Compelling noise techno from the L.I.E.S. boss.
You could even call Disappearer polished by Morelli's standards. Sure, it's full of distorted textures and harsh metallic sounds, but there are also some club tracks that won't clear the dance floor. "Laugh Taker," a killer seven-minute stretch of hissing drums, will get a crowd moving, and it could even play well with more functional high-tempo techno. "Re-Runs" gets an enticing groove going with syncopated hi-hats and toms, but, as usual, Morelli refuses to placate us with a four-to-the-floor kick drum. On "Disappearer," he shrieks over a 100-BPM beat that, in its own dark and twisted way, almost resembles dancehall.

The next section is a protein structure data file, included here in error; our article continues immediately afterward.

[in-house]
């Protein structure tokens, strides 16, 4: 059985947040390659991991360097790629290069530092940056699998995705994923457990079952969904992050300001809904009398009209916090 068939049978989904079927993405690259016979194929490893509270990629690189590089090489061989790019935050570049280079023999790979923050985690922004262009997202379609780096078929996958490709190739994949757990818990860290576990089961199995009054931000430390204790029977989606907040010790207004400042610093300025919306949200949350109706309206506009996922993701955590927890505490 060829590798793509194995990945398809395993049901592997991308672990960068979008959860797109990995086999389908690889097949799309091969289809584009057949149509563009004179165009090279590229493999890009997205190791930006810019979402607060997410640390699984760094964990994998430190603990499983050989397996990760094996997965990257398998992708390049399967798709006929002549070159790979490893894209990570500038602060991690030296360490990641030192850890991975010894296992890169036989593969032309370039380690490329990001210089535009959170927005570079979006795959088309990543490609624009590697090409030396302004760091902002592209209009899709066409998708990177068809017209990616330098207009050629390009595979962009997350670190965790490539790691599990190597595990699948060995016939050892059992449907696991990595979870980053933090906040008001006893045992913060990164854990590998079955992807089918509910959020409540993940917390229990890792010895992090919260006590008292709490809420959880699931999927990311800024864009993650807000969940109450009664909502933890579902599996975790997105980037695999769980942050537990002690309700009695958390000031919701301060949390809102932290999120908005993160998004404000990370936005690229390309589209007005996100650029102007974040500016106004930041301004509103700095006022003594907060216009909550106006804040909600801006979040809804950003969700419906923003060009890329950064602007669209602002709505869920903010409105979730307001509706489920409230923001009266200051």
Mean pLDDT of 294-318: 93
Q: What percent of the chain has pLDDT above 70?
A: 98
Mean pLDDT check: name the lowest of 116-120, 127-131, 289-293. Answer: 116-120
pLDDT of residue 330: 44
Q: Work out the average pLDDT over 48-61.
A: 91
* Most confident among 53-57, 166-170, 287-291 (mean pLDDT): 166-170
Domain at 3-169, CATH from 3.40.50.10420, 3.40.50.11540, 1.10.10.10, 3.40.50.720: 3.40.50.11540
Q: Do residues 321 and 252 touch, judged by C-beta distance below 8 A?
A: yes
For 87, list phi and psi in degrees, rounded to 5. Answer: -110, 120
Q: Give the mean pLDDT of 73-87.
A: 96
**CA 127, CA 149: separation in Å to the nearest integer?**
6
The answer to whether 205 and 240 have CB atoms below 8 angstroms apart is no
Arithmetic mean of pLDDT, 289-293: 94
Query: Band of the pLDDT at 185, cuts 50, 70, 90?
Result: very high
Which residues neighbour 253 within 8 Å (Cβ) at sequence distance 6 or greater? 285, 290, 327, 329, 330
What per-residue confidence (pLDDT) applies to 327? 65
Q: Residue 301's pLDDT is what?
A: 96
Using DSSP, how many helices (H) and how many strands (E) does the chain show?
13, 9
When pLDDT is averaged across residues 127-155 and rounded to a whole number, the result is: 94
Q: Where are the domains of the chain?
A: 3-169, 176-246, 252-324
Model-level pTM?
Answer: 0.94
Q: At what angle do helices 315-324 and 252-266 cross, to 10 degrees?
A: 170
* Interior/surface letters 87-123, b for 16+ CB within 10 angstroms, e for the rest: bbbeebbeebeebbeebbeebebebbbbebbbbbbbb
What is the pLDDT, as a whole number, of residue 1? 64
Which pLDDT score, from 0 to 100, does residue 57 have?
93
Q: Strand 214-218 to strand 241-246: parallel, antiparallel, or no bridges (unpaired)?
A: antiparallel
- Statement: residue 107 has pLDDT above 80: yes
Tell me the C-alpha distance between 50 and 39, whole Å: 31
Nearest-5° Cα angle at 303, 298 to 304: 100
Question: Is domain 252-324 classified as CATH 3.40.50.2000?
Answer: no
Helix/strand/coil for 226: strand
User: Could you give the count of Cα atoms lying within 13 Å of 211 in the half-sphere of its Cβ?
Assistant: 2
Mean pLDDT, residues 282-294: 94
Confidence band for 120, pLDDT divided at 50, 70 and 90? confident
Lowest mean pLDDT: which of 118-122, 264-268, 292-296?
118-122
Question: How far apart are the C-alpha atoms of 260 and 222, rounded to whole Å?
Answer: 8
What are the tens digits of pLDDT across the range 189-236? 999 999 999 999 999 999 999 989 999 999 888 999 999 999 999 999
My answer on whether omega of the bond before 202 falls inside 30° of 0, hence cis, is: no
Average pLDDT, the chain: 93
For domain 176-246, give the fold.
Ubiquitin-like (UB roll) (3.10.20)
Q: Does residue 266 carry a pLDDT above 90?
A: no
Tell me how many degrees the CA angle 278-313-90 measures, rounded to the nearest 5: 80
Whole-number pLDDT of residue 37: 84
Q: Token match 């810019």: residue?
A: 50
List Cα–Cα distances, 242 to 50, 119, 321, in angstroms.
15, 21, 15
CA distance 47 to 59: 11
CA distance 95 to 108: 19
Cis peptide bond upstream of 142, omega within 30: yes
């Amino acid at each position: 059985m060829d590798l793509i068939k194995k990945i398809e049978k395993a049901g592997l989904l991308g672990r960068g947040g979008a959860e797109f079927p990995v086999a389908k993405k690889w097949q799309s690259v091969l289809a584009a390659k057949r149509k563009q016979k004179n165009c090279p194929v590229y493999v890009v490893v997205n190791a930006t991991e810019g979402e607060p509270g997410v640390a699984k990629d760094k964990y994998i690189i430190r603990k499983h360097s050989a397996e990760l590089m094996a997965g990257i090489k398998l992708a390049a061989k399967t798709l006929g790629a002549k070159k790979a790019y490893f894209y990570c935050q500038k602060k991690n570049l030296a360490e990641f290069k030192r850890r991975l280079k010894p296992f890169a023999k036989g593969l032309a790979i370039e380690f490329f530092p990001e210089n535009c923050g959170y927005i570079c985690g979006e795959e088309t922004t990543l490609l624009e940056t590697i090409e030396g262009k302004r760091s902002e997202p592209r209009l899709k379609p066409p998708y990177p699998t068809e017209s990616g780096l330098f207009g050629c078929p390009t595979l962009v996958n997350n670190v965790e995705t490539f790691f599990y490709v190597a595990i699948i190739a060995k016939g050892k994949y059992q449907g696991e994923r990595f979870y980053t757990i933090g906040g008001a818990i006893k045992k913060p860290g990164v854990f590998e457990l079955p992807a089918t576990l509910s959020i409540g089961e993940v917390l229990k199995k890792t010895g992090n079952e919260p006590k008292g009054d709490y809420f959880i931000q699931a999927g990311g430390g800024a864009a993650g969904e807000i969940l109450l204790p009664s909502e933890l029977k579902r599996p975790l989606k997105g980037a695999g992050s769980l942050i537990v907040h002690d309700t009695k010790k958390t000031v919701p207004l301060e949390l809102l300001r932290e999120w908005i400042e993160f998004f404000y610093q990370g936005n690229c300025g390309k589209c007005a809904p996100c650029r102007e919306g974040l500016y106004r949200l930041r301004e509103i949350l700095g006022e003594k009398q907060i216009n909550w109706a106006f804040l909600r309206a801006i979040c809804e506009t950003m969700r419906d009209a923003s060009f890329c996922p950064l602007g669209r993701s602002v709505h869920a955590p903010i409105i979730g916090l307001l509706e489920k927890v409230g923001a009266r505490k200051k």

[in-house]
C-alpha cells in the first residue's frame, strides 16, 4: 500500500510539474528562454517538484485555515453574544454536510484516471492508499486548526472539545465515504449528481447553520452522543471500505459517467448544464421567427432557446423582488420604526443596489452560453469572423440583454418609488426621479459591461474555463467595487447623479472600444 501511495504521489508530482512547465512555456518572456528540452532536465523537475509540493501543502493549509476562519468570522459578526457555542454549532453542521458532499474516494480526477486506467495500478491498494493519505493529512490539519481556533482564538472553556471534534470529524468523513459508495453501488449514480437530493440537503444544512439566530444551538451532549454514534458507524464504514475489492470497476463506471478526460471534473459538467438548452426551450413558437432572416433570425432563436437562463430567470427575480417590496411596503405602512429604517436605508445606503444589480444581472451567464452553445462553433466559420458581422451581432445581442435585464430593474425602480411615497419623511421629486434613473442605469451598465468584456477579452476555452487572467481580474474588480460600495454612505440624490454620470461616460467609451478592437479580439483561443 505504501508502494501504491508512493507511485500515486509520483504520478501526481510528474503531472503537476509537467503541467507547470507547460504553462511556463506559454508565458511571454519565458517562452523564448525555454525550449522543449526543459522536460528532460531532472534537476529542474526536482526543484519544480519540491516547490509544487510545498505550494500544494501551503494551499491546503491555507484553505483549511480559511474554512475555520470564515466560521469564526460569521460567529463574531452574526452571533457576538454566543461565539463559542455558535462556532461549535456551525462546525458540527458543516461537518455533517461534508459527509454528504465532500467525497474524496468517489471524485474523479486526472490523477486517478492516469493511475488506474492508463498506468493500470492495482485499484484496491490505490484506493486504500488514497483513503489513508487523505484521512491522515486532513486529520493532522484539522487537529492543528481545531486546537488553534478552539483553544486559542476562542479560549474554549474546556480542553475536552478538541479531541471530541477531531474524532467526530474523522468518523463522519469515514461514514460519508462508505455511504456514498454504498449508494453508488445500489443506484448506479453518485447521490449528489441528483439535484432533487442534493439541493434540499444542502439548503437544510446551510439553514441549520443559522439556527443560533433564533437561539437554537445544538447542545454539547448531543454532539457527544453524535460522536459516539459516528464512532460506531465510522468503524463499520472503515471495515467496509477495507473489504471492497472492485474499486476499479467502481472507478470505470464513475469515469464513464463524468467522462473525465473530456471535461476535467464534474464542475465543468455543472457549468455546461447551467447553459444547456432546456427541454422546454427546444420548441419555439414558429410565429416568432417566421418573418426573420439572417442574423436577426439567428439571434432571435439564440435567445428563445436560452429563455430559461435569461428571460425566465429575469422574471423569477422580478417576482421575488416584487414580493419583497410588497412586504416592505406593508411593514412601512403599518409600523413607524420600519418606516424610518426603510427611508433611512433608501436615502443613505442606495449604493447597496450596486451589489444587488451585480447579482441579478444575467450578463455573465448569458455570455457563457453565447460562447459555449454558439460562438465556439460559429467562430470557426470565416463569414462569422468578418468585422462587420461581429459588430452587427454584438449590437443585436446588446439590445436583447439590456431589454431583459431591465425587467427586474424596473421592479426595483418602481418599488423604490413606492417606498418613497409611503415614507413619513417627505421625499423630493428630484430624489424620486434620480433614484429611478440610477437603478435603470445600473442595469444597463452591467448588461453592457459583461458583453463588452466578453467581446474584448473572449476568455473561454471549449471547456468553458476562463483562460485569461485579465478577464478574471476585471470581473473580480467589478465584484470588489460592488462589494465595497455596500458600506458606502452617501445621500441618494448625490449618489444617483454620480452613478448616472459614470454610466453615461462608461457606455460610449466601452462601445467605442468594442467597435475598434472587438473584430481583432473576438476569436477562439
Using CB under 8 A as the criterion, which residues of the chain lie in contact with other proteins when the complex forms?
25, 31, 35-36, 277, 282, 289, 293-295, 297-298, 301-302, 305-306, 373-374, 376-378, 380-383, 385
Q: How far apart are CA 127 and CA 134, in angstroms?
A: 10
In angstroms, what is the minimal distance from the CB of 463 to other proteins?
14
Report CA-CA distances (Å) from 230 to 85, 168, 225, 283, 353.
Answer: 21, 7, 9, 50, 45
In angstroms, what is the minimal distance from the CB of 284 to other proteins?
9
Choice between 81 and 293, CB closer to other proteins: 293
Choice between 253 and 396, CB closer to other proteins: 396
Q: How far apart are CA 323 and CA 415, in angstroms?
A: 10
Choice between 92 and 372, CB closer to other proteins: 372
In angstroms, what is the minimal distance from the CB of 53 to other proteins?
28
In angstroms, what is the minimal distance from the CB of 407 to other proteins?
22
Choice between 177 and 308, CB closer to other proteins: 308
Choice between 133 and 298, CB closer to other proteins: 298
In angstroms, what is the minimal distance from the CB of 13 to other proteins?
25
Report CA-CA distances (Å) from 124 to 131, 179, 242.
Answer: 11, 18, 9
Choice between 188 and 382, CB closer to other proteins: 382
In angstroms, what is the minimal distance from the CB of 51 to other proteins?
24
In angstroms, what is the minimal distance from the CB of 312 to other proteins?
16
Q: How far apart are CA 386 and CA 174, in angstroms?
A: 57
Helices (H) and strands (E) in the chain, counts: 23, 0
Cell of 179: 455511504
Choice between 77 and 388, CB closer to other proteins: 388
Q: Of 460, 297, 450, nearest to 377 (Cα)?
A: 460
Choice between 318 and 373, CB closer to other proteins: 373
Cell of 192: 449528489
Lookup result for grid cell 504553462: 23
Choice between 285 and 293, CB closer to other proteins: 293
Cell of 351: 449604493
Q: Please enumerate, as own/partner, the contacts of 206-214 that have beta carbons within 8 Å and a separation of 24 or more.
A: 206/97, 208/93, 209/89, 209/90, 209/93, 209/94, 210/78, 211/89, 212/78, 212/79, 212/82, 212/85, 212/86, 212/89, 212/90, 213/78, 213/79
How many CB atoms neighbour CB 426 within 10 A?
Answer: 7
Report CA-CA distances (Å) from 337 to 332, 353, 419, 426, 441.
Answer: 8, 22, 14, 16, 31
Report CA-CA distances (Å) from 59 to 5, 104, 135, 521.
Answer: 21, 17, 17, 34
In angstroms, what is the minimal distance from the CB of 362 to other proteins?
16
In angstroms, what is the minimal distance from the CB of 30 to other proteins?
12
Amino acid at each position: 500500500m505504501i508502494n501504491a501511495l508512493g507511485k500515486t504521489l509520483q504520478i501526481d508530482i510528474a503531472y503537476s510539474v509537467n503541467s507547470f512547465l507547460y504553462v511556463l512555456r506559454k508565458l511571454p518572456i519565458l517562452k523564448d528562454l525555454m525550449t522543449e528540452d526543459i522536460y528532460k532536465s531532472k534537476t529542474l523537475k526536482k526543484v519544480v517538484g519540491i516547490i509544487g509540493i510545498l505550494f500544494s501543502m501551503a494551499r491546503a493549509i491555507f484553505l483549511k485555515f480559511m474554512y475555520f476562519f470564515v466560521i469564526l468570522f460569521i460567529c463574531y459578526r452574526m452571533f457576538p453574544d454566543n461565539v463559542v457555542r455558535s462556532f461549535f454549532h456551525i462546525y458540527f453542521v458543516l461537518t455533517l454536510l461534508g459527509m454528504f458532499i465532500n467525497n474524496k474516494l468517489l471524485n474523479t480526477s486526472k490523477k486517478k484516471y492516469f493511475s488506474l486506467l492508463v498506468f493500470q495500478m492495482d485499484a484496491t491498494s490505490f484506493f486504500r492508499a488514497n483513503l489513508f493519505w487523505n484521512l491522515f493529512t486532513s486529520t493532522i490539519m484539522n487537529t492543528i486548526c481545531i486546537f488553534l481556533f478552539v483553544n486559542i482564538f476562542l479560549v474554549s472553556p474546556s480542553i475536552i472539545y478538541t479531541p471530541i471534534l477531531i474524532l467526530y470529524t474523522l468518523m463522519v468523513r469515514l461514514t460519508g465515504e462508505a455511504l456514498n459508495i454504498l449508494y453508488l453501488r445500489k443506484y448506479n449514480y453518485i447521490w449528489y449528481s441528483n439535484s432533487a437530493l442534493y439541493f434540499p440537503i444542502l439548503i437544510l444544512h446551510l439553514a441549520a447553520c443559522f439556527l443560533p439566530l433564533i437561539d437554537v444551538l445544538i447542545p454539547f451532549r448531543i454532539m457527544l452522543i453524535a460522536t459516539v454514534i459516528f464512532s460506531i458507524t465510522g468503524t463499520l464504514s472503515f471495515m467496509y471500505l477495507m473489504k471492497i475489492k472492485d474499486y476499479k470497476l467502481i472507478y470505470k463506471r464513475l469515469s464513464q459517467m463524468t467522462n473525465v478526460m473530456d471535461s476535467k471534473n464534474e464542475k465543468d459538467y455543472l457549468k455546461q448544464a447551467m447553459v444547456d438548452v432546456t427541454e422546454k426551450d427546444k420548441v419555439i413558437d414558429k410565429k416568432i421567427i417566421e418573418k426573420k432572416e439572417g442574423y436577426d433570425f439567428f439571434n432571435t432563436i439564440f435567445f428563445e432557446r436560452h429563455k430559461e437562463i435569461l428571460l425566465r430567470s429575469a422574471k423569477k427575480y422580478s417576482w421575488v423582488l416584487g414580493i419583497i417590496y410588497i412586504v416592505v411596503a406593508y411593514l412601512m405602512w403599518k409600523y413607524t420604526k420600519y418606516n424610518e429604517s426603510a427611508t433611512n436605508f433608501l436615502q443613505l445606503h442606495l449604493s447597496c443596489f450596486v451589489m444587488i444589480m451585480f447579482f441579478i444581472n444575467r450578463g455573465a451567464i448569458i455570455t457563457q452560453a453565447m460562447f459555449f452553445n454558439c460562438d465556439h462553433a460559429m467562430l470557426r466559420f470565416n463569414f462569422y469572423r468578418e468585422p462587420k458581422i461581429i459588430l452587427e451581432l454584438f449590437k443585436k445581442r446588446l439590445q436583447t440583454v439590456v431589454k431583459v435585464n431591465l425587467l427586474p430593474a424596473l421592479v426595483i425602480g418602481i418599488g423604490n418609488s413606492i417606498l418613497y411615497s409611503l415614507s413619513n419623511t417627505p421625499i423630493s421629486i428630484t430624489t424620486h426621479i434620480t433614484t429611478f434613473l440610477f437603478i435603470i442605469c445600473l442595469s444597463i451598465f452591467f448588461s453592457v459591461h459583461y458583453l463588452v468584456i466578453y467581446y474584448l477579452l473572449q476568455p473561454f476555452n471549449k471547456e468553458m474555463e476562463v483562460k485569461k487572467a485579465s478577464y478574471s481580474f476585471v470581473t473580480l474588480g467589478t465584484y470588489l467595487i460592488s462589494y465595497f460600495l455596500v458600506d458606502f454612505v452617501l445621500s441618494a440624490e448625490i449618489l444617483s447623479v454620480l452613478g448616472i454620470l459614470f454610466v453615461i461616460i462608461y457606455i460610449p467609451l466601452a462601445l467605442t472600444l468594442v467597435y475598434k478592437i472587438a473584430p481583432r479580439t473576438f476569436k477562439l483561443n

There are moments when Morelli turns the chaos dial up a little. On "Hole In The Head," his mumbling gets caught in the violent feedback loop of a delay pedal, making for a kind of nightmare dub effect over hammering kick drums. "Border Dust (202 Version)" is one of the crunchiest cuts here, with the distortion applied so thick that the contours start to cave in. The rhythmic tracks are complemented by some richly detailed synth experiments. You could easily imagine the creeping, dissonant drones of "AM Drowner" as the soundtrack to one of Lars Von Trier's more irksome film scenes. "Men Visible From Window" is pretty disturbing too, its bowed-metal synths layered with distant screams for help. In interviews Morelli has used the term "stress music" to describe what he does—"that energy can be used in many ways, positive and negative," he told XLR8R. On Disappearer he successfully metabolizes that stress, using it to fuel the sense of urgency that pulls you in and keeps you in its grip.